SAN DIEGO — A single mother of two young children has vowed that she will have to be "dragged out" of her home, after receiving notice by her landlord she's being forced out of her rental unit in Imperial Beach. This threat to evict Patricia Mendoza comes despite the current statewide eviction moratorium, which has now been extended through June.
Despite that moratorium, some landlords are looking for ways around the law to try to force tenants out now.
"It's a living nightmare," Mendoza said. "I'm going to have to live in my van with my two children, and that's not fair. It's not fair for anybody's family."
Mendoza lost her job as a medical van driver at the start of the pandemic, and now, unable to pay her rent since September, she is in danger of losing her home as well.
Her landlord, who bought the building where she lives in December, had informed her that he needed to make "major renovations" to the units, permissible under the current law. On Wednesday, she was served with papers forcing her out by April 10.
"Even though there are protections, even though there is an eviction moratorium, these landlords find these loopholes," she said.
"Where are all of these evicted people going to go?" demanded Logan Heights resident Barbara Pinto, who was also unable to make her rent when the pandemic first struck. "I mean, you're going to have another situation where you have all these homeless people on the streets."
A breast cancer survivor, Pinto, who is well into her retirement years, had taken a part-time job before COVID struck to help make ends meet.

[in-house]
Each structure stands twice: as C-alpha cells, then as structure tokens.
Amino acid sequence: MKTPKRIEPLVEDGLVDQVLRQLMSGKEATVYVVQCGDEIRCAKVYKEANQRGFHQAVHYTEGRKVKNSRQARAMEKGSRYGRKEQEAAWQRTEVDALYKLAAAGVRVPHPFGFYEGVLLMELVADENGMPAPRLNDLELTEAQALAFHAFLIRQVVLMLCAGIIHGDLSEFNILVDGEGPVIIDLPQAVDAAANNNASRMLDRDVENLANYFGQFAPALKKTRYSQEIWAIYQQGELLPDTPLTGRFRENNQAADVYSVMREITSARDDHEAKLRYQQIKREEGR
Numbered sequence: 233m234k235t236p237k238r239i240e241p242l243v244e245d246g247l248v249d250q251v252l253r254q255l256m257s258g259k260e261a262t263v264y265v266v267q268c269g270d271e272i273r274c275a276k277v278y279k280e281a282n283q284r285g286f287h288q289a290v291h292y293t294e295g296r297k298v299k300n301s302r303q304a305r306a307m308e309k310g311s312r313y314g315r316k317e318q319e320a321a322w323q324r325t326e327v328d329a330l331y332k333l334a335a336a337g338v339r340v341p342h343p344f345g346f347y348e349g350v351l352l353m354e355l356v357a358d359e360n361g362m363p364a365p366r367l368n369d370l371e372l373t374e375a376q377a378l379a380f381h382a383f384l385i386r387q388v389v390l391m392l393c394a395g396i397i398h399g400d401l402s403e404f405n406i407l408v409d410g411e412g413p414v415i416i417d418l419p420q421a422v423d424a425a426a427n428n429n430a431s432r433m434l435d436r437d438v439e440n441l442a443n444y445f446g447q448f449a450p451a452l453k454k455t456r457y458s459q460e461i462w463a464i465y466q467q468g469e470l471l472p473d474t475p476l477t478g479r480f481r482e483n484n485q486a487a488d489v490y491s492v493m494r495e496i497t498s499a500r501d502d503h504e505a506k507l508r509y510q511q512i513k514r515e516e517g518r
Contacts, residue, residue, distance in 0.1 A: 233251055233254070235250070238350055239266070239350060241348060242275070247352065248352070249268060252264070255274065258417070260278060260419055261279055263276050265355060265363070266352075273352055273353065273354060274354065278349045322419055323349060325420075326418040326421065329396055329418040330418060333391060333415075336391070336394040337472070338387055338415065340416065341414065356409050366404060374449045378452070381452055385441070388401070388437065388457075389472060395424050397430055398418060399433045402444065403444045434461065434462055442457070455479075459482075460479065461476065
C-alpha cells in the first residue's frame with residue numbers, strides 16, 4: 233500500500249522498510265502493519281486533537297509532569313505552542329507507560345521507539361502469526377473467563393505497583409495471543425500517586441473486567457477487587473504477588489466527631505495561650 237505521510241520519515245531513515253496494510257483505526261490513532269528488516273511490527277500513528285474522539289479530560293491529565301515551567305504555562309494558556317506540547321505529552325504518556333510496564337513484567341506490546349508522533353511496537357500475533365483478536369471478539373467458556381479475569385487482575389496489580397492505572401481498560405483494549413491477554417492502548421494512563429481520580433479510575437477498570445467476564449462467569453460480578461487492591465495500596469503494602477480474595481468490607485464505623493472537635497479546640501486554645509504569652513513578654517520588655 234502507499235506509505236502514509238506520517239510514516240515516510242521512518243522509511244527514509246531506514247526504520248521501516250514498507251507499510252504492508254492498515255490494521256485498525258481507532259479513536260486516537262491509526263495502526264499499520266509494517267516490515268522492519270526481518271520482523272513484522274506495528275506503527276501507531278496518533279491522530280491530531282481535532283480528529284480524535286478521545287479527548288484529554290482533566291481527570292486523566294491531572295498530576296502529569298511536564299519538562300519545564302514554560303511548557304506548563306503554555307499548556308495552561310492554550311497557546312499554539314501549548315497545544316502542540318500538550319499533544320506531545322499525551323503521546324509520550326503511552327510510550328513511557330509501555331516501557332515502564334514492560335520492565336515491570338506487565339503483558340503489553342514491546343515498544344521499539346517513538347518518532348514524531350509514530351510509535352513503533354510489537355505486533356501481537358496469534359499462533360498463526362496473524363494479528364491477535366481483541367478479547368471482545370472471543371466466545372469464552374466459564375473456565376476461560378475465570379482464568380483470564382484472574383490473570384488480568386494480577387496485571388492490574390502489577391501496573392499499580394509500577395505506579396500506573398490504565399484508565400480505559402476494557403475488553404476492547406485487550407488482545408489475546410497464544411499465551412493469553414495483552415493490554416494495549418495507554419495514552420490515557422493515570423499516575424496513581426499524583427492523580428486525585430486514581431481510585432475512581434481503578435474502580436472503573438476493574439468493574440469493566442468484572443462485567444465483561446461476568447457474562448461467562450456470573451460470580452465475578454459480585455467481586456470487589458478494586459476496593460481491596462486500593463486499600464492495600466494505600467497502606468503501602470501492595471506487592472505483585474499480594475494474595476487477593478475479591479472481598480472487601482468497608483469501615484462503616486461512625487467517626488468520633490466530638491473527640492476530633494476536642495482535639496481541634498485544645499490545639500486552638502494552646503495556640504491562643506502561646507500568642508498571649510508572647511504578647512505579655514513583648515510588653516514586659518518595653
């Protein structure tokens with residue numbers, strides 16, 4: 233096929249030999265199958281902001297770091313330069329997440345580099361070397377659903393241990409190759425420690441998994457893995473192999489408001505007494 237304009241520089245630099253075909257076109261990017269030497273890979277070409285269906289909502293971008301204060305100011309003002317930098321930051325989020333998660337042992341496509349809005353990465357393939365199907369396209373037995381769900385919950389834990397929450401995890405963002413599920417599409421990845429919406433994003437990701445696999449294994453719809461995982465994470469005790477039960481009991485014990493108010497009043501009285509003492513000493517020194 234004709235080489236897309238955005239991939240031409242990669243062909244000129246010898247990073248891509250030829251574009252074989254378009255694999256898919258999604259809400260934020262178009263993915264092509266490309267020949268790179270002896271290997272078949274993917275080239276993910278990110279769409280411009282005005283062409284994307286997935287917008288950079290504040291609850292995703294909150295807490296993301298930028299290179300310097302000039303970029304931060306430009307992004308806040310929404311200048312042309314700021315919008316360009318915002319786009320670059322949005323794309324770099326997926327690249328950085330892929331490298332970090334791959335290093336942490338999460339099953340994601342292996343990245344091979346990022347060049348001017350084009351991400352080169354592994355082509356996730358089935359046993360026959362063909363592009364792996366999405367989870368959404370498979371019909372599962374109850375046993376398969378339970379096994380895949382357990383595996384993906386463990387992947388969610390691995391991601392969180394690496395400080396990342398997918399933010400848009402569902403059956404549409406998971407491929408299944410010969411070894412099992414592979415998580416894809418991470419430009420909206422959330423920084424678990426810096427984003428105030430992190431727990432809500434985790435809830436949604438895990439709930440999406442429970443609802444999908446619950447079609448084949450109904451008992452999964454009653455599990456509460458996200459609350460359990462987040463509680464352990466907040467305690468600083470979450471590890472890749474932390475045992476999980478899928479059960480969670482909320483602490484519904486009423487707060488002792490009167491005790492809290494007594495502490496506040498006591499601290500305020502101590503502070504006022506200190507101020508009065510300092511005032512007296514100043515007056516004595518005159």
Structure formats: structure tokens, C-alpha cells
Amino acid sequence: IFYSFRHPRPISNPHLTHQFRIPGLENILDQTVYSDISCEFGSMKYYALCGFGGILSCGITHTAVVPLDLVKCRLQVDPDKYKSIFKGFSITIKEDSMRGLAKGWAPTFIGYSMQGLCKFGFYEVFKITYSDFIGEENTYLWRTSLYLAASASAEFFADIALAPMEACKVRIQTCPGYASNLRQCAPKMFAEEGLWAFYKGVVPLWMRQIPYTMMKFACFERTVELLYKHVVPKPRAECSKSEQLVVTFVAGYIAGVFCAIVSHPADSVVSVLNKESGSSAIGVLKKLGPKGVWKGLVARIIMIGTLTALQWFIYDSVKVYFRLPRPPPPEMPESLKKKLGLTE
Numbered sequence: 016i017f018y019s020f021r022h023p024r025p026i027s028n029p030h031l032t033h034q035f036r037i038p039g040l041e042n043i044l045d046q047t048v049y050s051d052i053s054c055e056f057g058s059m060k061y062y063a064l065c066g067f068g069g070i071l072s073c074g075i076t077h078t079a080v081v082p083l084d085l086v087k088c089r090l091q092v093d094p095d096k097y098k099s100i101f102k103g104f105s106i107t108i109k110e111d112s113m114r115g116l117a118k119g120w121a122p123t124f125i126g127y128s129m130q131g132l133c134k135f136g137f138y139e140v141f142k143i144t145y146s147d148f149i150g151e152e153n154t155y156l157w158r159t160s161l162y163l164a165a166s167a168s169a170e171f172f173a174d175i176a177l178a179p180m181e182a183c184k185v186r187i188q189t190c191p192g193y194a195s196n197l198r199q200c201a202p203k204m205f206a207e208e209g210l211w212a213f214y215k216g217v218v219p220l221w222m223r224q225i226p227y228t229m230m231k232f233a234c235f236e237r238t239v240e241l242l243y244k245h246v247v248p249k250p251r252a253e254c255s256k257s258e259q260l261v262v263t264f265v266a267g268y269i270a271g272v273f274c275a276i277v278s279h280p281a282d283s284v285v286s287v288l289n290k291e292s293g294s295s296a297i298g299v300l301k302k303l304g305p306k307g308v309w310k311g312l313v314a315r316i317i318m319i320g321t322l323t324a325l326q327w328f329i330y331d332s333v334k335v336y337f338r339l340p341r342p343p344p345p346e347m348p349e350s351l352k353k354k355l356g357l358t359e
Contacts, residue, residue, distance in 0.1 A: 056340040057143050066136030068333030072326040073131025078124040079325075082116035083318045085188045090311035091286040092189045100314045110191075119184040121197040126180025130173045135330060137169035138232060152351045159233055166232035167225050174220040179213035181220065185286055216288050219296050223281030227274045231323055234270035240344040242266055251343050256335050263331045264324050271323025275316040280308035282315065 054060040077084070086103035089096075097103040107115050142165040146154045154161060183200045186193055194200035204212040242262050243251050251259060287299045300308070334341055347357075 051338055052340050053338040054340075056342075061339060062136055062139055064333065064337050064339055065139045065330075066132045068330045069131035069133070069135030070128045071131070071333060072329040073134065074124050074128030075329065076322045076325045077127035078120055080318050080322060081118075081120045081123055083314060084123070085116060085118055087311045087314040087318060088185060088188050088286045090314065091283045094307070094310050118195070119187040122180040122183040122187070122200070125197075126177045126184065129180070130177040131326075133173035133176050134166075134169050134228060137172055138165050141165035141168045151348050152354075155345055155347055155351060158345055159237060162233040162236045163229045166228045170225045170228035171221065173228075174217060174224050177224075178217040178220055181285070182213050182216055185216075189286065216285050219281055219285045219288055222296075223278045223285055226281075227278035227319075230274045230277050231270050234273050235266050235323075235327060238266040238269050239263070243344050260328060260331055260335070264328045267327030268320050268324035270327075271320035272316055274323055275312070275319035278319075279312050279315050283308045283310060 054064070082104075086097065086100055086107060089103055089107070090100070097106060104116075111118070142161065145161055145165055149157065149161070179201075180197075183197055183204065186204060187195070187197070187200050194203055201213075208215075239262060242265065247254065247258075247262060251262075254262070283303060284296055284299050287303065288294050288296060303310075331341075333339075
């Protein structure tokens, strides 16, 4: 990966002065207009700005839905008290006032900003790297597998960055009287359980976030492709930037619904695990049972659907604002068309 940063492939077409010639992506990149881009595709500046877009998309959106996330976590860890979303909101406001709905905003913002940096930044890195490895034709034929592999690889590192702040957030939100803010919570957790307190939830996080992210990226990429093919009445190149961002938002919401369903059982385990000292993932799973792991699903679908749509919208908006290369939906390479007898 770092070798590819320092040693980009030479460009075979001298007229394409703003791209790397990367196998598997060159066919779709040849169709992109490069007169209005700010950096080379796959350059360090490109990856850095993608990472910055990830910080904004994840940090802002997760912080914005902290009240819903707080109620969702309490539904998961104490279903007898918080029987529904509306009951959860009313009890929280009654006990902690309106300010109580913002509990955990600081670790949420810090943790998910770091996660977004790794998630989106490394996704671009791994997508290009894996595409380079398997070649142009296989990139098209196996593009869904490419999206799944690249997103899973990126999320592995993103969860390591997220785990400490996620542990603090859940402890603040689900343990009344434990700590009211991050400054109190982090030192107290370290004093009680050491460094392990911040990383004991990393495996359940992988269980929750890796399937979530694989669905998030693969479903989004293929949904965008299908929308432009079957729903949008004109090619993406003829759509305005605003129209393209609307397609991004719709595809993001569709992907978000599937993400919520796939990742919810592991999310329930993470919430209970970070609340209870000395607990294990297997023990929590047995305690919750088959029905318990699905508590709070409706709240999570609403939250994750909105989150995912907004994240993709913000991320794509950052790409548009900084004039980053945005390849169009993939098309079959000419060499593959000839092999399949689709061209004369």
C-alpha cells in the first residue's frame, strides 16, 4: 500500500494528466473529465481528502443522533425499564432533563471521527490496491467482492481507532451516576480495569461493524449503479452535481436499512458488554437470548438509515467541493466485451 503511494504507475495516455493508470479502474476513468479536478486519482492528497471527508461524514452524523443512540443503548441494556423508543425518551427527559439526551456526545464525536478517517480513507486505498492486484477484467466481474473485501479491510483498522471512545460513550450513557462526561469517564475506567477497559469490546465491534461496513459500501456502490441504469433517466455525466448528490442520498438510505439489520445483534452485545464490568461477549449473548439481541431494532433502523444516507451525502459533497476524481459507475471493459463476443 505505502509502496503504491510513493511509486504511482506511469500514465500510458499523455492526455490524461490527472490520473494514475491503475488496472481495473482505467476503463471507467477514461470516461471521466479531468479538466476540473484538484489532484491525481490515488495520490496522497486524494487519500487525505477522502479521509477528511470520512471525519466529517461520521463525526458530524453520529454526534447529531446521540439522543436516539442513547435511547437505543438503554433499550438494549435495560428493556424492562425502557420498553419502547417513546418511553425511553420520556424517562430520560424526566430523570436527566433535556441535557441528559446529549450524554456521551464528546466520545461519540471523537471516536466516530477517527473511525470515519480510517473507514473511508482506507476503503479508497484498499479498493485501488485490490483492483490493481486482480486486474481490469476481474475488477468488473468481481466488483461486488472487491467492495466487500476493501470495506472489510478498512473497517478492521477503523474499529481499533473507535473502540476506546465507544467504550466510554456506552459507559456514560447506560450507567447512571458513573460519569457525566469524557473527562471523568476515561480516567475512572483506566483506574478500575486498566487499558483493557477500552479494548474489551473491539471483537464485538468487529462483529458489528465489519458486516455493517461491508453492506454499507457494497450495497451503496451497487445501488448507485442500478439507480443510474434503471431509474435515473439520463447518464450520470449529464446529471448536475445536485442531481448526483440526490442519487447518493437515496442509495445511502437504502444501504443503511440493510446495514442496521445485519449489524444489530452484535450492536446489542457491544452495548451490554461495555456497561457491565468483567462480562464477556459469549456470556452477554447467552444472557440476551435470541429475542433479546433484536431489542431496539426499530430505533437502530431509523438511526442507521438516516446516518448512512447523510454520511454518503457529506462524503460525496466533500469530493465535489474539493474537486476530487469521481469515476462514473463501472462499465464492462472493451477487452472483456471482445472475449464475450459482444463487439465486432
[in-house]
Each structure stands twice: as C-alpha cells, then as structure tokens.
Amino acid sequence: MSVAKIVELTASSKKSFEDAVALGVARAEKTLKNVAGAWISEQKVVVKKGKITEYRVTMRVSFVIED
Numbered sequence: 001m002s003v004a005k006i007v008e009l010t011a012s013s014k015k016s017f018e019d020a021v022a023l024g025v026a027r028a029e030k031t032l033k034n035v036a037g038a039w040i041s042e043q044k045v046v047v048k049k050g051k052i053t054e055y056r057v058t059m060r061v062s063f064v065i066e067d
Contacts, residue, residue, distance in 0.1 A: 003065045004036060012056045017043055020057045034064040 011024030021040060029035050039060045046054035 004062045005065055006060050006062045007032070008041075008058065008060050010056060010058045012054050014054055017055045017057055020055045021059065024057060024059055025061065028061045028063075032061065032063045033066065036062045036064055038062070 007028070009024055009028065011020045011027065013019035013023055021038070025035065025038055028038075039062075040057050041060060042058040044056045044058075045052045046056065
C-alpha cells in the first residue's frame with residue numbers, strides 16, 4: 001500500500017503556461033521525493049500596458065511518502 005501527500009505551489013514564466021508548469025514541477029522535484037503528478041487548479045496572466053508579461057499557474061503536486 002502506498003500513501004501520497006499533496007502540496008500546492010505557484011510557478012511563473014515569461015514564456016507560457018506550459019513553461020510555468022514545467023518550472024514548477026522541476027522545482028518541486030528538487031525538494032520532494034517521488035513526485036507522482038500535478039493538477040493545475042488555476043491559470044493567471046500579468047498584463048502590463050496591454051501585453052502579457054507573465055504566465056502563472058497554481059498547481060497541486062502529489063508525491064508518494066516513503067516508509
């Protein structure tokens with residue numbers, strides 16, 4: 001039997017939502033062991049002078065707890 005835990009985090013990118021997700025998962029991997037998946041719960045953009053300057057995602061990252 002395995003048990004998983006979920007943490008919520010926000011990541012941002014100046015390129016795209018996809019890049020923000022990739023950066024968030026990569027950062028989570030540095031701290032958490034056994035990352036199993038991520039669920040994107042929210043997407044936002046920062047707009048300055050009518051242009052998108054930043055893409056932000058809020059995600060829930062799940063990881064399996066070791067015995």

"And then when the part-time job fell apart because of the pandemic, that's when i started getting behind," she said.
Pinto said she was fortunate, though.
"I was lucky enough to have a landlord that worked with me, who would accept what i could pay," she added.
Mendoza was hopeful that her new landlord would also work with her.
Working with the tenant advocacy group Alliance of Californians for Community Empowerment (ACCE) Action, Mendoza said she is fighting for protection under the recently passed legislation 'SB 91,' under which the state will pay landlords 80 percent of the back rent they're owed, provided they forego the other 20 percent and promise not to pursue eviction after the moratorium ends.
"You get your money: at least it's 80 percent, better than nothing," Mendoza said, "you get your 80 percent and I continue to keep my family safe."
News 8 has reached out the property owner of Mendoza's unit for comment, but has yet to receive a response.